For the TOK component, I presented on the knowledge issue of: To what extent can art be influenced by religious beliefs? I focused on a local art exhibit in which the artist showcased Catholic figures with various pop culture and adulterated ornaments. It was quite a controversial event locally, but I was awarded the highest score. I also wrote my TOK essay on the topic prompt of: “Knowledge is generated through the interaction of critical and creative thinking. Evaluate this statement in two areas of knowledge”. I examined the relevance of this topic prompt in natural sciences and the arts, and was achieved top marks.

For the EE component, I wrote my essay within the Psychology topic of: “To what extent is memory decline a natural product of ageing?” This was the first piece of writing over 1,000 words that I had written and served as a good introduction to academic writing.

What are you currently studying?

I recently graduated from my Master’s of Science in Environmental Technology from Imperial College London in September. Before that, I finished my Bachelor’s of Engineering in Environmental Engineering from UCL in 2015.

IB Tutor Interviews: Olivia

In our Tutor Interview series we put the spotlight on members of our outstanding tutoring team. From IB graduates to teachers and Examiners, we share their stories and their advice about the International Baccalaureate to help you make your own IB a success.

Tutor: Olivia
IBDP score: 45
University: English Language & Literature (2016), University of Oxford
Subjects: English, Philosophy, TOK, Oxbridge Applications

EIB: Why did you choose to do the IB?

Olivia: I chose the IB because of its international quality. Although I did my IB in England, I had been at an international school in Spain before, and I wanted to continue in an international environment – this meant peers from all over the world and a curriculum that considered and incorporated cultural awareness into academics.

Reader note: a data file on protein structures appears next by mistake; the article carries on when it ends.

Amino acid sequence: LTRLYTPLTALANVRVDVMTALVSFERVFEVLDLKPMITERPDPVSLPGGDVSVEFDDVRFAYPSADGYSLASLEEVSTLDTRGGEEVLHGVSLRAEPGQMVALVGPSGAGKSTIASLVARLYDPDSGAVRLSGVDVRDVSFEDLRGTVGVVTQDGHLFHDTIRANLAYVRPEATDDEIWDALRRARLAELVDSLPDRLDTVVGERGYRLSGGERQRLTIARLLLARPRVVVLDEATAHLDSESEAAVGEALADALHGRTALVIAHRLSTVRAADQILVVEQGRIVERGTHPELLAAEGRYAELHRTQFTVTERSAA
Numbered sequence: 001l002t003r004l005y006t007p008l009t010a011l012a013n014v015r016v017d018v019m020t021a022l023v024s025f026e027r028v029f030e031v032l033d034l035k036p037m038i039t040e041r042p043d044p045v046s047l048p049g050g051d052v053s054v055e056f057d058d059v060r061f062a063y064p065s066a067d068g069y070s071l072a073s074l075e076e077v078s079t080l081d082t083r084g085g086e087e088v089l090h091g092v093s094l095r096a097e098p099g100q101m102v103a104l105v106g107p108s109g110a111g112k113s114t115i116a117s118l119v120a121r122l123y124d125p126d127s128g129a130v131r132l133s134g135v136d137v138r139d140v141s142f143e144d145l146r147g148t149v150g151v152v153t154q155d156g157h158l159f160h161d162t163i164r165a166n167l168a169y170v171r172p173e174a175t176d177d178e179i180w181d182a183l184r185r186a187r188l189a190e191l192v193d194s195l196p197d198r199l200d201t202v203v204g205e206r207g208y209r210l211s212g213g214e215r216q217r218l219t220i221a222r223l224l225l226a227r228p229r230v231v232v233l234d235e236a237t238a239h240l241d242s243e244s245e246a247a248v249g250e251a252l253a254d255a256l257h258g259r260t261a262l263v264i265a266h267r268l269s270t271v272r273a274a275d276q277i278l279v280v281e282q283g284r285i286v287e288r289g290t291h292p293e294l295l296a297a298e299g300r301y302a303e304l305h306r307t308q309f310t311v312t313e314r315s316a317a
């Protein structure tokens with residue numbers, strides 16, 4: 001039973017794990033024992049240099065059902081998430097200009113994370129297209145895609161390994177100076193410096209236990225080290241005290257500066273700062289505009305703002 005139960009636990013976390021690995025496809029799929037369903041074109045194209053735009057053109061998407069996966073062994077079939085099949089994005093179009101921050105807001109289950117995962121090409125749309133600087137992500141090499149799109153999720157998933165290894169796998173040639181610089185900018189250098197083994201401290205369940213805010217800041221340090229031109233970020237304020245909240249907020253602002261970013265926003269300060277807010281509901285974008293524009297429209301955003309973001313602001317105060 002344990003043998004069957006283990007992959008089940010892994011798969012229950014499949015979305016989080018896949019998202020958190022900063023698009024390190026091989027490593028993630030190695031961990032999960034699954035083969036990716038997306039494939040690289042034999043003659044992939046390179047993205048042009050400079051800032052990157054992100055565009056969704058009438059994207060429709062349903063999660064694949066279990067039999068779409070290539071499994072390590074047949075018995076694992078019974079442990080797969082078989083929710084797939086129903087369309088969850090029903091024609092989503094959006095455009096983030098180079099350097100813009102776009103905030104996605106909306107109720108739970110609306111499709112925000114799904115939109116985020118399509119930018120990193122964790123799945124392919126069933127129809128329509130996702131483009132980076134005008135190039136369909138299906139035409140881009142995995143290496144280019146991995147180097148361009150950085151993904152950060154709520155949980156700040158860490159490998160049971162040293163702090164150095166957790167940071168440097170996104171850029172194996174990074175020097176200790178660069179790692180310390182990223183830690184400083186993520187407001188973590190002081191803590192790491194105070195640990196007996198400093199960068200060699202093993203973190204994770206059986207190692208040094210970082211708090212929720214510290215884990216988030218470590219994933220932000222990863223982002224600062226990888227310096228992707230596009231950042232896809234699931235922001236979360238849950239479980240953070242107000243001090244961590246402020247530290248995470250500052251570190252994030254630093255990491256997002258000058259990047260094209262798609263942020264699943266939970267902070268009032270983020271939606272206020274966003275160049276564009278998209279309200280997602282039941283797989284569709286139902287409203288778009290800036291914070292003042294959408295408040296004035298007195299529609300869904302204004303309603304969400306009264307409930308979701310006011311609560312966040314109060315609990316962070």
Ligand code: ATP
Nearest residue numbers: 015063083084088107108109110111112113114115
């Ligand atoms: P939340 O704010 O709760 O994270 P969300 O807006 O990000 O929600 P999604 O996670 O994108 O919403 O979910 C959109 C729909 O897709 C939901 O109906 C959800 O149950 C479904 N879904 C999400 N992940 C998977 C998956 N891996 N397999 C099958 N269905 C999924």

What did you enjoy about the IB?

I enjoyed being able to specialise my interests with HL vs SL classes, while still maintaining a breadth of subjects. I also enjoyed the teaching style, which encourages independent thinking and discussion, instead of regurgitation of memorised material.

What was the most challenging part of the IB?

Although I was glad for the breadth, the most challenging part of the IB for me was having to take Maths and a Science subject. I’m not naturally good at or particularly interested in these disciplines, but I think it was good for me long term to not give up Maths at 16, as many students do in the A-level system. It was also a challenge, and so more rewarding to score highly in these subjects.

What did you do for your CAS/TOK/EE?

Some students struggle with TOK, but I really enjoyed it. It is essentially a Philosophy class, which was one of my favourite subjects. I believe it is a great chance to reflect on why and how we learn what we do, instead of barrelling forth and learning because we are told to. I also found my EE to be quite a fun, empowering project. A bit like a precursor to a dissertation at University, it is exciting to be able to pick whatever you like to write about and to know about that topic in depth. Not to mention how the EE was VERY helpful for University applications and interviews. I studied English Literature, and so knowing a lot about Nabokov’s Lolita was impressive and helped me seem knowledgeable and passionate about my subject.